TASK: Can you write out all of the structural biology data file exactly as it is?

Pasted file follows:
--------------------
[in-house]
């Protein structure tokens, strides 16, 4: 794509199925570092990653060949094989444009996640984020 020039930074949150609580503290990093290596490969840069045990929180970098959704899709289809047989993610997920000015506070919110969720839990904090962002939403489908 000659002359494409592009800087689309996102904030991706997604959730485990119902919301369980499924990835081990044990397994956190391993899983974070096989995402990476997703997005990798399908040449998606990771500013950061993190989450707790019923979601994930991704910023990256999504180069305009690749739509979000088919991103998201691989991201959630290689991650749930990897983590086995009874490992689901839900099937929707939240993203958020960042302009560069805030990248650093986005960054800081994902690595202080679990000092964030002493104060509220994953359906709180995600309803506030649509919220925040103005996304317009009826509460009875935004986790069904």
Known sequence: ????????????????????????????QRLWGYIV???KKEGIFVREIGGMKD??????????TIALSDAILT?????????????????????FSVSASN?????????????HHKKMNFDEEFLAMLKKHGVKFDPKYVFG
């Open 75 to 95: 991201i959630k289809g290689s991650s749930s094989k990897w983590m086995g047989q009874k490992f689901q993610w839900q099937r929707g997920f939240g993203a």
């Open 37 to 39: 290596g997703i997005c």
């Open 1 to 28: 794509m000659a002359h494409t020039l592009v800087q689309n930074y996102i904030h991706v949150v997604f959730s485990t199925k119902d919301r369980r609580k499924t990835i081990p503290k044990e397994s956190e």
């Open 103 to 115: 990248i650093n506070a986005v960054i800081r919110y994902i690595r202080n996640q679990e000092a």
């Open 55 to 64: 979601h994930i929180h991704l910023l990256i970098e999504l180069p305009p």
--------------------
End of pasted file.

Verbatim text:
[in-house]
């Protein structure tokens, strides 16, 4: 794509199925570092990653060949094989444009996640984020 020039930074949150609580503290990093290596490969840069045990929180970098959704899709289809047989993610997920000015506070919110969720839990904090962002939403489908 000659002359494409592009800087689309996102904030991706997604959730485990119902919301369980499924990835081990044990397994956190391993899983974070096989995402990476997703997005990798399908040449998606990771500013950061993190989450707790019923979601994930991704910023990256999504180069305009690749739509979000088919991103998201691989991201959630290689991650749930990897983590086995009874490992689901839900099937929707939240993203958020960042302009560069805030990248650093986005960054800081994902690595202080679990000092964030002493104060509220994953359906709180995600309803506030649509919220925040103005996304317009009826509460009875935004986790069904």
Known sequence: ????????????????????????????QRLWGYIV???KKEGIFVREIGGMKD??????????TIALSDAILT?????????????????????FSVSASN?????????????HHKKMNFDEEFLAMLKKHGVKFDPKYVFG
């Open 75 to 95: 991201i959630k289809g290689s991650s749930s094989k990897w983590m086995g047989q009874k490992f689901q993610w839900q099937r929707g997920f939240g993203a």
């Open 37 to 39: 290596g997703i997005c």
């Open 1 to 28: 794509m000659a002359h494409t020039l592009v800087q689309n930074y996102i904030h991706v949150v997604f959730s485990t199925k119902d919301r369980r609580k499924t990835i081990p503290k044990e397994s956190e």
């Open 103 to 115: 990248i650093n506070a986005v960054i800081r919110y994902i690595r202080n996640q679990e000092a």
């Open 55 to 64: 979601h994930i929180h991704l910023l990256i970098e999504l180069p305009p």